Manny Pacquiao: “Spence Is Slower Than Thurman”
By: Hans Themistode
Although Manny Pacquiao hasn’t officially fought since 2019, the eight-division titlist has been quietly doing his homework.
From the moment current unified welterweight champion Errol Spence Jr. stepped foot inside of the ring, he’s been lauded for his ability. The footwork, timing, defensive responsibility and of course, the power – has left many believing that he is the best welterweight in the world. A tag once associated with Pacquiao.
While the WBA 147-pound belt holder may agree that Spence Jr. has all of those aforementioned qualities, he also believes that the Dallas native has one major hole in his game.
“He [Spence] is too slow,” Pacquiao told Josef Ramos of BusinessMirror. “Spence is slower than Thurman but it’s going to be a good fight.”
Facing a young, undefeated, hard-hitting fighter in Spence Jr. would be difficult, but for Pacquiao, he’s overcome that very scenario in his most recent contest. Before Pacquiao took the entirety of the 2020 campaign off mostly due to COVID-19, the future hall of famer had himself a busy 2019.
After making easy work of Adrien Broner in mid-January, Pacquiao eked out a razor-close decision against previously undefeated Keith Thurman. The win for Pacquiao may have netted him the WBA welterweight title, but not without serious resistance from Thurman. Following the victory, Pacquiao tabbed Thurman as the hardest puncher he had ever faced.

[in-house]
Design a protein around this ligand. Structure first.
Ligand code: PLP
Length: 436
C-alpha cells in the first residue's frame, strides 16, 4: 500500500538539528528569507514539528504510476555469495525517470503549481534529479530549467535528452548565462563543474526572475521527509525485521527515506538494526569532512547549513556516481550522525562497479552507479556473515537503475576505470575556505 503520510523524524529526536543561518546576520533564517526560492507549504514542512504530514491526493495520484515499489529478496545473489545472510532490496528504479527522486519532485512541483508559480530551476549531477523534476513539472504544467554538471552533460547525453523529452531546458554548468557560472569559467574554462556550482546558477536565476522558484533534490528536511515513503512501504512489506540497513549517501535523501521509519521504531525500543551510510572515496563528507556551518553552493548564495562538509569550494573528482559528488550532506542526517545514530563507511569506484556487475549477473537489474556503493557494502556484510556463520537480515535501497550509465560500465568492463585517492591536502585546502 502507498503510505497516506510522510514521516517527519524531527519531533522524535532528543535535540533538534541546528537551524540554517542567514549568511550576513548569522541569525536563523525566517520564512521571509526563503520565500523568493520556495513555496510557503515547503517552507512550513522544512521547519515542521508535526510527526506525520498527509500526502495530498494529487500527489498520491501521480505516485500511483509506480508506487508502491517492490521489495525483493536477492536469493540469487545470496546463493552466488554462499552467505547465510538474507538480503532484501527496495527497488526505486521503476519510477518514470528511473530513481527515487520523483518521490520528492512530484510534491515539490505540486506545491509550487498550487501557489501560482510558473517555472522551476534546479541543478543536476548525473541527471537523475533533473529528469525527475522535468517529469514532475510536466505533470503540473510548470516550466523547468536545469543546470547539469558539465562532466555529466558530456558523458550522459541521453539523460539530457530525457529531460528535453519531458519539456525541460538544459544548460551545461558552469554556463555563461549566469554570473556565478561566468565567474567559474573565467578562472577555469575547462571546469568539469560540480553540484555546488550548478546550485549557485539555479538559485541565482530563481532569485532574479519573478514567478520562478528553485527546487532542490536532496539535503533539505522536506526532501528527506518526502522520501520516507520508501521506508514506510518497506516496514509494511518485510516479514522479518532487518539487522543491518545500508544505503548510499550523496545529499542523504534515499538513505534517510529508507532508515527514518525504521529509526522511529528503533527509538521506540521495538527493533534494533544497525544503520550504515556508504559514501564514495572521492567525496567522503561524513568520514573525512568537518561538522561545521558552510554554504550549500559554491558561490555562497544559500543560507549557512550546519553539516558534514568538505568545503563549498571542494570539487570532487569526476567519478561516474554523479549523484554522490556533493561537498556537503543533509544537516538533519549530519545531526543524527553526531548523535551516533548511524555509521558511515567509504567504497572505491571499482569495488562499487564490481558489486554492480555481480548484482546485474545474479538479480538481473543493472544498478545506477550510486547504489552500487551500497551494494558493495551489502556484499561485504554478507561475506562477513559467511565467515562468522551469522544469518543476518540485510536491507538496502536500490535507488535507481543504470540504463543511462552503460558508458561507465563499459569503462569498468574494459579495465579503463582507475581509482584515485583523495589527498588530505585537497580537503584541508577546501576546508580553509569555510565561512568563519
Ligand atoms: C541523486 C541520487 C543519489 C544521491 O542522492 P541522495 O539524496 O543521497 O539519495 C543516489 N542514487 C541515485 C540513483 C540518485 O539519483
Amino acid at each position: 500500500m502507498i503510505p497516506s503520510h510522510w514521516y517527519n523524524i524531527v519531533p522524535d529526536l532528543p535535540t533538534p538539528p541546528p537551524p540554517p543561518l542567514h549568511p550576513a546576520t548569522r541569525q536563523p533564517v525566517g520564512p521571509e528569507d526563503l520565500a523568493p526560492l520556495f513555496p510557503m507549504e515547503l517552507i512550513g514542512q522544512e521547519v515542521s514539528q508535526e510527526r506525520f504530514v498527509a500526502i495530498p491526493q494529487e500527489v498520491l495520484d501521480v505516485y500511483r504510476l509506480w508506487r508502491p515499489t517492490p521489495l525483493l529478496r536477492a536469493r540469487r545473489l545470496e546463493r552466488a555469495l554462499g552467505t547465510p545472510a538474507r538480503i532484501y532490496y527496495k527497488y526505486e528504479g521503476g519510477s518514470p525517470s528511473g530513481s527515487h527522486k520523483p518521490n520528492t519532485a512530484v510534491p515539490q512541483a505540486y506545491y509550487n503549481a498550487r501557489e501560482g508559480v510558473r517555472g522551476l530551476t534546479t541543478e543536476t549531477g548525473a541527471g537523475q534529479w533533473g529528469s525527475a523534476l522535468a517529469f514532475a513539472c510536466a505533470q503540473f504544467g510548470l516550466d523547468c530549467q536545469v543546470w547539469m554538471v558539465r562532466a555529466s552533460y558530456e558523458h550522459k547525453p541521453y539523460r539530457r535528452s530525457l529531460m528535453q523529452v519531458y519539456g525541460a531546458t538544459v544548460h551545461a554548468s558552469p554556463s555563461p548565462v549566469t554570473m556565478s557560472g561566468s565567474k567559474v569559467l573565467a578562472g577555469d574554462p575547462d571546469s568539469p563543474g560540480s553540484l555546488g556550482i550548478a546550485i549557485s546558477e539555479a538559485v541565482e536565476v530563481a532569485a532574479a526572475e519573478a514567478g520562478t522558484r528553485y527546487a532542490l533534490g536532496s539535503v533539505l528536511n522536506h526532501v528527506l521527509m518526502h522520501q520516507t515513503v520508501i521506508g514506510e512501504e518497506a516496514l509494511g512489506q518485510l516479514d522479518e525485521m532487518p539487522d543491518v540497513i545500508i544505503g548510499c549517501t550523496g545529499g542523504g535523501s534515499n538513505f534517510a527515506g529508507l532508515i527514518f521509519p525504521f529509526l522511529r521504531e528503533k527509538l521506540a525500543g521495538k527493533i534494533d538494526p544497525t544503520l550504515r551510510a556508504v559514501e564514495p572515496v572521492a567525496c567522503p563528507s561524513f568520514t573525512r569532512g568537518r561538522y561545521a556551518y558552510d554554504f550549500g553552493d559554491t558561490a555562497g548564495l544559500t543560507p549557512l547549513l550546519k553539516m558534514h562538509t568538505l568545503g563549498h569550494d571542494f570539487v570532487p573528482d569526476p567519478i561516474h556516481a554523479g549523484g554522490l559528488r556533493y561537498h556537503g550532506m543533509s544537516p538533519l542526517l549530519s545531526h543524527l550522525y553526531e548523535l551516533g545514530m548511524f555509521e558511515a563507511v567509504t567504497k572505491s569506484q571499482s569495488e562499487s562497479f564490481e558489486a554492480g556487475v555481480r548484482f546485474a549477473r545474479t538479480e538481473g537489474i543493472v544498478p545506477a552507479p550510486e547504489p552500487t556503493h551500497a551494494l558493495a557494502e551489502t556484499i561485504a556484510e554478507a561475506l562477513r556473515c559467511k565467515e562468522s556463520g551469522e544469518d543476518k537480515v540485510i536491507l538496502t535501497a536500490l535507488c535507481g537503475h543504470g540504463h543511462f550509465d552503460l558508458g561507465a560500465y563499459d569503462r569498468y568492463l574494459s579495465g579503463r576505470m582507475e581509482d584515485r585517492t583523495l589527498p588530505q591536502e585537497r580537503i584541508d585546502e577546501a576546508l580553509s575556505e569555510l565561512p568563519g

Pair their grueling contest along with 26 years of experience, and the now 42-year-old is as confident as ever in securing the victory against Spence Jr. Still, Pacquiao admitted that a showdown with the powerful southpaw wasn’t exactly number one on his todo list.
After accomplishing virtually everything in the sport of boxing, Pacquiao would like to step outside of his comfort zone and do something else entirely unique.
“[Spence and McGregor are] my options, but right now I want to experience fighting an MMA [mixed martial artist],” said Pacquiao. “I will also donate a big portion of my income to Filipino COVID-19 victims.”